Office April Fool's Day

Don't Get Fooled by Fraud This April Fool's Day

What's your favorite April Fool's Day prank? Sneaking a whoopie cushion on someone's seat? Dropping a fake spider on your co-worker's sandwich? With Easter and Passover in the mix this year, perhaps engaging in some sort of holiday hijinks?

April 1st is a day to
indulge in harebrained
hoaxes and jokes. But
there's nothing funny
about a fraudster carrying
out a scam—and no one
will yell 'April Fools' to
make the harm melt away.

As some of us delight in tricking our friends on April Fool's Day, scammers are out working to trick people tricking people, too, resulting in far greater consequences than silly sounds or harmless humor.

"April 1st is a day to indulge in harebrained hoaxes and jokes. But there's nothing funny about a fraudster carrying out a scam—and no one will yell 'April Fools' to make the harm melt away," said Gerri Walsh, Senior VP of Investor Education at FINRA.

So on the eve of April Fools' Day—which also happens to be the first day of Financial Literacy Month—take a look at these five tips to become a smarter investor and to avoid being tricked out your money.

1. Work with investment professionals you have selected. When choosing an investment professional, consider your financial needs and goals and what types of people or firms you could work with. Ask people you know for names of professionals they've used, but don't stop there—interview a selection of candidates. Be wary of cold callers. And be sure to check the registration status of whoever you decide to work with. You can do that quickly, easily and at no charge with FINRA's BrokerCheck.

2. Look for the warning signs of fraud. Look out for guarantees, unregistered products, overly consistent returns, complex strategies, missing documentation, account discrepancies and pushy salespeople. The vast majority of financial professionals are trustworthy individuals, but there are some who may look to take advantage of your trust. Practice spotting the persuasion tactics that con artists use, and always exercise healthy skepticism. For instance, be wary of sales pitches that make exaggerated claims about performance. This is a red flag of fraud.

3. Work with your advisor—but do your own research. Be clear and honest about your investment goals and the amount of risk you are comfortable taking. Listen to your advisor, but do your own research to make sure you understand and are comfortable with any investment before you make it. A simple internet search of the investment can help identify risk factors or even if the investment is potentially fraudulent. And remember: it's not enough to read the sales material or offering documents. Ask lots of questions about potential risks and rewards—and how the investment will help you achieve your goals.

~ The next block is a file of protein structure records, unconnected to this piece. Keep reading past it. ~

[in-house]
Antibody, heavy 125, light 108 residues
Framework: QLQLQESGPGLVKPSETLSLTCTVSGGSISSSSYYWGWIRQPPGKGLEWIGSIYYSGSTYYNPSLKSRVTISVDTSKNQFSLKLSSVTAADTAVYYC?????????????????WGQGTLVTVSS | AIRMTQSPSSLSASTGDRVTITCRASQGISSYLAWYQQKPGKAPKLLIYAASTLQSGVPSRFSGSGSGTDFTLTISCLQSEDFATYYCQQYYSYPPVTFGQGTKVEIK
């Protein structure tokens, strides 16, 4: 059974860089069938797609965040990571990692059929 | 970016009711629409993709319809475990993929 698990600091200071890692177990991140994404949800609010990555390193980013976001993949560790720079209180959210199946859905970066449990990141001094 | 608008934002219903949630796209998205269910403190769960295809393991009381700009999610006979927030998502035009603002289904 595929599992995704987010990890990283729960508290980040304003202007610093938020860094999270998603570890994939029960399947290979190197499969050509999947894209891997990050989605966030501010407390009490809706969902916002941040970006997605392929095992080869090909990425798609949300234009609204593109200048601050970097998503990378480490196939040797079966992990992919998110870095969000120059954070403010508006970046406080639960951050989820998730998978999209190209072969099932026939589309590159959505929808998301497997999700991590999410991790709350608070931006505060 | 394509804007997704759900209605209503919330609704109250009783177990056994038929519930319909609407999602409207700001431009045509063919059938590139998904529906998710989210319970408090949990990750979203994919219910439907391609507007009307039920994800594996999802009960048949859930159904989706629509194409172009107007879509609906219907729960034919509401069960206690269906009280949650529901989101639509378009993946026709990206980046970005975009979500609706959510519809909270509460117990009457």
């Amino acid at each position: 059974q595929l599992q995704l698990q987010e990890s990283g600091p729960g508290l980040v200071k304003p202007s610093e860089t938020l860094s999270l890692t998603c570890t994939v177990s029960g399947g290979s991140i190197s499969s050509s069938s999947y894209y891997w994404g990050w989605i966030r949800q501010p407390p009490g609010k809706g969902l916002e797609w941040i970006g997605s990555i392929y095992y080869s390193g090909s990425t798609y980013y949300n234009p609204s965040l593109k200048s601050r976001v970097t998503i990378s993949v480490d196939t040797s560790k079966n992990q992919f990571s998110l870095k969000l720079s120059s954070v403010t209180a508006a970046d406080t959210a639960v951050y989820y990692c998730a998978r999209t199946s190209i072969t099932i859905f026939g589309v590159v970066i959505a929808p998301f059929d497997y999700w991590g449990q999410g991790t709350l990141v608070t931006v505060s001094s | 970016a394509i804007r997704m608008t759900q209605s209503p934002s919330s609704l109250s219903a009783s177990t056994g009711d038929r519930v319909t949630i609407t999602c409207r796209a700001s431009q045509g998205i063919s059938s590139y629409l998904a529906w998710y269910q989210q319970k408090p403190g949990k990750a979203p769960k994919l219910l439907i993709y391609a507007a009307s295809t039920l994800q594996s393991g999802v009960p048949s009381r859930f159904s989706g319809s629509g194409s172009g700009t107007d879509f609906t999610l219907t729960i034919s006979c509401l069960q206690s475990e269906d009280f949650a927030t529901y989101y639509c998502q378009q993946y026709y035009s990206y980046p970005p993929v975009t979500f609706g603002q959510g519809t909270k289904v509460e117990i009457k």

4. Be vigilant about monitoring your accounts. Keep a vigilant eye on your accounts. Be sure you review your account statements and transaction confirmations to make sure nothing is happening in your account that you have not authorized.

5. Ask questions. If that's not already clear from the tips above, remember this: it's your money, why shouldn't you feel completely comfortable about trying to protect it? Never worry about appearing uninformed. Make sure you're working with licensed professionals, the vast majority of whom are honest, hardworking people who put your interests first and will welcome your questions. And remember there are no stupid questions: how does this product work, how can it go wrong, is there a cap on the return, is it a registered product, can I sell it quickly and easily, how is the seller compensated, etc.

If your questions are not answered to your satisfaction, then your response is clear: tell them, "no." You're no fool in April or any other time of year.

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